• Enzyme-linked immunosorbent assay (ELISA) test is used most often to detect Lyme. ELISA detects antibodies to Borrelia burgdorferi, but it can provide false-positive results.
  • Western blot test may be used to confirm a positive ELISA diagnosis. In this two-step approach, the Western blot detects antibodies to several proteins of Borrelia burgdorferi.

Antibiotics are used to treat Lyme disease. Recovery is usually faster and more complete the sooner treatment begins. Standard treatment for early-stage Lyme is 14-21 days of oral antibiotics such as doxycycline (for adults and children older than 8) or amoxicillin or cefuroxime (for adults, younger children, and pregnant or breast-feeding women).

If the disease involves the central nervous system, as part of your Lyme disease diagnosis your doctor might recommend an intravenous antibiotic for 14-28 days. Intravenous Lyme disease treatment often eliminates infection, but it may take you some time to recover from your symptoms. These antibiotics can cause such side effects as a lower white blood cell count, mild to severe diarrhea, or colonization or infection with other antibiotic-resistant organisms unrelated to Lyme.

Lyme Disease Support

Our company owner, Michael Van der Linden, got a tick bite and suffered from Lyme disease for almost four years. After giving up on high-powered antibiotics, he found a different path. He drank three cups of Phyllanthus niruri tea a day. Within 90 days of drinking Phyllanthus niruri tea, he was Lyme free. While his personal story proves nothing scientifically, his personal story combined with his desire to help others is the reason he started Linden Botanicals in the first place.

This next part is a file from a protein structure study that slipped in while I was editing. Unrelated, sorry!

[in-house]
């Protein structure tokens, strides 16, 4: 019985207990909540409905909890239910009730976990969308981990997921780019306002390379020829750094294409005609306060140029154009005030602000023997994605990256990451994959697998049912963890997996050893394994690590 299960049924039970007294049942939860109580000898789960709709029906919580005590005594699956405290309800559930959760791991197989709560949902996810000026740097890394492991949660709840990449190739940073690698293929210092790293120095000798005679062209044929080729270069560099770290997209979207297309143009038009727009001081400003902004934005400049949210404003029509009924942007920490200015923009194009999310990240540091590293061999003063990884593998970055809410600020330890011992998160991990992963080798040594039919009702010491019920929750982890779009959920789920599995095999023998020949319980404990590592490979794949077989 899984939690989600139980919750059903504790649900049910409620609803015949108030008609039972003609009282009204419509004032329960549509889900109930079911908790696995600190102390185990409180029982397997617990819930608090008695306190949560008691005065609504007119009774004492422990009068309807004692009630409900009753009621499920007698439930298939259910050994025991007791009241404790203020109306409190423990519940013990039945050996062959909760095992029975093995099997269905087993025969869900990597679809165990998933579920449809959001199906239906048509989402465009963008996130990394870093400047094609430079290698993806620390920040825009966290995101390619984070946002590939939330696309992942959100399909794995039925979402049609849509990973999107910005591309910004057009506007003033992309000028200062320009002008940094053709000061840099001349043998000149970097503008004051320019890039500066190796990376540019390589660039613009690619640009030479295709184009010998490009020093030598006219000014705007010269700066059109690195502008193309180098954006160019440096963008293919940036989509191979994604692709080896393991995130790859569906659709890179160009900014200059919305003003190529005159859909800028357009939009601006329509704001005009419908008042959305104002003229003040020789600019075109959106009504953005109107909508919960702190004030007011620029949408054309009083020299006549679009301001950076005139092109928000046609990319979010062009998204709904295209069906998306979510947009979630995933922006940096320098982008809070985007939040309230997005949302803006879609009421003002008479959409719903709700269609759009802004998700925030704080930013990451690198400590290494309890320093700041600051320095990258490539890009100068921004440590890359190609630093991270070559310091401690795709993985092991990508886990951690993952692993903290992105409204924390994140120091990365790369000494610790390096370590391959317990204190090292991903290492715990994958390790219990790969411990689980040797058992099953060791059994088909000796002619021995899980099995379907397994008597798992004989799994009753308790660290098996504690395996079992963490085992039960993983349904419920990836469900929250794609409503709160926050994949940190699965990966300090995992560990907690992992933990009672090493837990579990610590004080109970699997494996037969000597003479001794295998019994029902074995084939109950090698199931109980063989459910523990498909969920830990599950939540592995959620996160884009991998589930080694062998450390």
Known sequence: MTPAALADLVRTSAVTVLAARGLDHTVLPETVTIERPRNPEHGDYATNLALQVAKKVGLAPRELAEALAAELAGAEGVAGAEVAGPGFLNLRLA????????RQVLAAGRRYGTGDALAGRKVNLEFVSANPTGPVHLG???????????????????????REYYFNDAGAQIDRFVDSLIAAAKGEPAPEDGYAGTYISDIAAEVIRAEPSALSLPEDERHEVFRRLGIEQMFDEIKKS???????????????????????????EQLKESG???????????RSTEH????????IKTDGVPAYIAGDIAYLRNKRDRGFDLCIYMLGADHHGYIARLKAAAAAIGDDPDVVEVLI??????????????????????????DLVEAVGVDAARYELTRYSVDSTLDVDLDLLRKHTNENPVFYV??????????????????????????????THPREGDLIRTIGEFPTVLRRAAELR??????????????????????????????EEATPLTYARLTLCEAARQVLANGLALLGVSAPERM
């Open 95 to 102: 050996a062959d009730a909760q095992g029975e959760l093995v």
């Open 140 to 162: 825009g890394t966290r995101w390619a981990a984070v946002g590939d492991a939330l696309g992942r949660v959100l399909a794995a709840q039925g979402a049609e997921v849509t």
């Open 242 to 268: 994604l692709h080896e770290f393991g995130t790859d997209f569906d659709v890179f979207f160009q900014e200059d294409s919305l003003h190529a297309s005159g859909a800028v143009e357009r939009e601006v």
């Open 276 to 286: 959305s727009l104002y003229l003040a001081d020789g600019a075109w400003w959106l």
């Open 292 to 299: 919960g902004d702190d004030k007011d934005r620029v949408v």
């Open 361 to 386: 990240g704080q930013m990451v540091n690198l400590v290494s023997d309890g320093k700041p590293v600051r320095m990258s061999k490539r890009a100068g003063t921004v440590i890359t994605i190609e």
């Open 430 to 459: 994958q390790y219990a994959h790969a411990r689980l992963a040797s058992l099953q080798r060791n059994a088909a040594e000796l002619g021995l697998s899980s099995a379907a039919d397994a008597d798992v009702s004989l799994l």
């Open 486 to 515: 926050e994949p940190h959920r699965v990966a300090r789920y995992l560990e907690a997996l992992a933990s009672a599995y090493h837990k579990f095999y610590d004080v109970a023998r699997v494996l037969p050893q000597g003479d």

Phyllanthus niruri has been used around the world for thousands of years to address kidney stones and a variety of chronic illnesses. Its antiviral, antibacterial, anti-plasmoidal qualities can help to attack the spirochete that causes syphilis. It has 100+ bioactive compounds. It’s not a hammer that pounds pathogens. Instead, it offers fantastic support to the body’s immune system. That’s why Phyllanthus niruri makes a wonderful support for Lyme disease treatment.

It is thought that Phyllanthus niruri blocks the spirochete from replicating and that it interferes with the outer surface proteins (OSPs) that are integral to the ability of Borrelia burgdorferi to evade the immune system. We believe that Phyllanthus niruri is the world’s best synergistic adaptogen and that it offers more health benefits than any other plant. For example, Panax Ginseng, the most famous adaptogen, contains 28 types of saponins, whereas Phyllanthus niruri contains 168 different active compounds. That’s 6 times as many.

Whether or Not You Have a Tick Bullseye Rash, Consider Phyllanthus niruri Tea

If you’re concerned about a tick bite or if you have a tick bullseye rash, we recommend that you consider drinking Phyllanthus niruri tea. First, arm yourself with the facts: